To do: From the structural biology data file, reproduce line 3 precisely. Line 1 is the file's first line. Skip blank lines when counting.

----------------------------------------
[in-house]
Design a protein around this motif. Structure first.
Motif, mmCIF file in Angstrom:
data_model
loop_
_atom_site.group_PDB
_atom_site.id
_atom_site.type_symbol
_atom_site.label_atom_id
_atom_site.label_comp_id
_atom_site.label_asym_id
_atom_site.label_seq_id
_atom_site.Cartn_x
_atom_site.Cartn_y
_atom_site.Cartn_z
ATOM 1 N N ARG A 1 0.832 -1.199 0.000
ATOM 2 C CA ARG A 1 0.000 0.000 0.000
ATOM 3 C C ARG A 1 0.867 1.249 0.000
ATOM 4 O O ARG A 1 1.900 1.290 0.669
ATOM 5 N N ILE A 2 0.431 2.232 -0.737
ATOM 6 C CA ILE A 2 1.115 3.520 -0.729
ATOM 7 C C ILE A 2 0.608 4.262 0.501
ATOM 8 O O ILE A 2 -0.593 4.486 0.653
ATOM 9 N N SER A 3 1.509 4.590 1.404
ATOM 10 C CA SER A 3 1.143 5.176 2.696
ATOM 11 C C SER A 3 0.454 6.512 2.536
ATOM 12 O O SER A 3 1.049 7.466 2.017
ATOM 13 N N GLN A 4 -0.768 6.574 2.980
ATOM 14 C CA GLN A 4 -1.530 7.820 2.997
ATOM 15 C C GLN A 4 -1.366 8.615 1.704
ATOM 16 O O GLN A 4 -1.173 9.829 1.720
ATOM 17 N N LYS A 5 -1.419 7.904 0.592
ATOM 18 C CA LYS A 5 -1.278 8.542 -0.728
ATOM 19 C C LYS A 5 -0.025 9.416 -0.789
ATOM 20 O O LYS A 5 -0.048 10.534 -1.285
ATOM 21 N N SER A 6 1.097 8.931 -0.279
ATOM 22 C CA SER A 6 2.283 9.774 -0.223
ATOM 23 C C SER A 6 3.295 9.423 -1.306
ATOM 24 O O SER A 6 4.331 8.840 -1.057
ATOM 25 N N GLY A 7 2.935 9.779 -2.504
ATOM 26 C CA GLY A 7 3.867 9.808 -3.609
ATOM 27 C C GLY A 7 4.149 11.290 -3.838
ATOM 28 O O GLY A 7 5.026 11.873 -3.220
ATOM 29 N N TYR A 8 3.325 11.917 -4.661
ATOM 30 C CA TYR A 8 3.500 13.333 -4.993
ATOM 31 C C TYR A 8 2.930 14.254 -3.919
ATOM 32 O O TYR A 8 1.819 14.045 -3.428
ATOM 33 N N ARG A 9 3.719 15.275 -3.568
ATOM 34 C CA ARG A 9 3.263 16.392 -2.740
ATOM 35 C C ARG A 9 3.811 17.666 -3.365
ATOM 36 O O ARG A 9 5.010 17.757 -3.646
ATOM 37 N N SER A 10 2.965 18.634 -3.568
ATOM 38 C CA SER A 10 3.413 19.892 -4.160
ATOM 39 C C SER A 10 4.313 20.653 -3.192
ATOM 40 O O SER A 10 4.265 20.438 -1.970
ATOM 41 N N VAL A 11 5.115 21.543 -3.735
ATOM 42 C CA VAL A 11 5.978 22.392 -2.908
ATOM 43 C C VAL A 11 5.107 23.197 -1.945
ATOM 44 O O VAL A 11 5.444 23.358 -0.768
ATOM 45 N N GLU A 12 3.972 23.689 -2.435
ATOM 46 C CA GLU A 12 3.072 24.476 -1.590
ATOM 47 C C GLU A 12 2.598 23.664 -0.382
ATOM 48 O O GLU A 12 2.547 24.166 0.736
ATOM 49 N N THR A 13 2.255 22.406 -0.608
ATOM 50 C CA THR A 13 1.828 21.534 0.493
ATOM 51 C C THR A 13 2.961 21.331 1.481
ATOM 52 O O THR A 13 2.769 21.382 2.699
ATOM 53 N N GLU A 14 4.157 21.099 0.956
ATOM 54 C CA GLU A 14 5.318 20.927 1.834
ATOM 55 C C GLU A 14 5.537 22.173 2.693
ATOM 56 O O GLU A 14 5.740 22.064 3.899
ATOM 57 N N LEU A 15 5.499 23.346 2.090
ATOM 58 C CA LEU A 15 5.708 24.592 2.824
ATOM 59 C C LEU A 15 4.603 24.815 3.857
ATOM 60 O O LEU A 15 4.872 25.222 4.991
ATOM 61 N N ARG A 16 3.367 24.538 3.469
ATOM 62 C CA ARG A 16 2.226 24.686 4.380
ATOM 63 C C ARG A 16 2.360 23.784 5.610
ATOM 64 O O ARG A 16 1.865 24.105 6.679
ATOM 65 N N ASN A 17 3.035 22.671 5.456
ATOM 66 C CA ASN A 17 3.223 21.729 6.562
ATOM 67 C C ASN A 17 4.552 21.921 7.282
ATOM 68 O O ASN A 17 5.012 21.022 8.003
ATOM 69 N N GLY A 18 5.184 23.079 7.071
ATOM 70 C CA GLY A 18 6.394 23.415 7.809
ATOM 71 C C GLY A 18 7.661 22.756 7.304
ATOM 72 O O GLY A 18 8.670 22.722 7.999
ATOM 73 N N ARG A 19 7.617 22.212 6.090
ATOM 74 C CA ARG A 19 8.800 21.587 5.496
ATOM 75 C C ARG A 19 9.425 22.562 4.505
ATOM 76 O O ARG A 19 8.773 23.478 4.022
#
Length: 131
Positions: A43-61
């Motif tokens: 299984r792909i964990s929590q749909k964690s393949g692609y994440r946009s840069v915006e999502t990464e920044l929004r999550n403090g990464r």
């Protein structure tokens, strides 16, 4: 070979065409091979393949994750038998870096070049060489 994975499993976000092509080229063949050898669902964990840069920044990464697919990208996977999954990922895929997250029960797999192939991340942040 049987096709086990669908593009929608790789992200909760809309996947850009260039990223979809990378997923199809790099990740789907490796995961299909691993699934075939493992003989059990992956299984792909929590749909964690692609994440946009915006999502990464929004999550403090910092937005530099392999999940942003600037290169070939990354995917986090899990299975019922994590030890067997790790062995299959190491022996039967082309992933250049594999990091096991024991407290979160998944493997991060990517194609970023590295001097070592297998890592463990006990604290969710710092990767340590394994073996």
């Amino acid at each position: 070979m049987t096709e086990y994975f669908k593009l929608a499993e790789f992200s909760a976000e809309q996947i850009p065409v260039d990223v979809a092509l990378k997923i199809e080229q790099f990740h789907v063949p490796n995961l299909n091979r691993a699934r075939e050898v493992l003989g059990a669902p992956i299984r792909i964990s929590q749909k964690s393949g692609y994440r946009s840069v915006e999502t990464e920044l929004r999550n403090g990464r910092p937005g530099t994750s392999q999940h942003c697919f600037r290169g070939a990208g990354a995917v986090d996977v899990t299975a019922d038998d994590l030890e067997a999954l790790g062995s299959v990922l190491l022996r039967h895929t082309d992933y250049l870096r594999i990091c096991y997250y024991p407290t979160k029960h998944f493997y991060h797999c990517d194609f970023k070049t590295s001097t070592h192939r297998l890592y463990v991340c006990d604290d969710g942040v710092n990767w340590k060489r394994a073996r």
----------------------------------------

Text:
Motif, mmCIF file in Angstrom: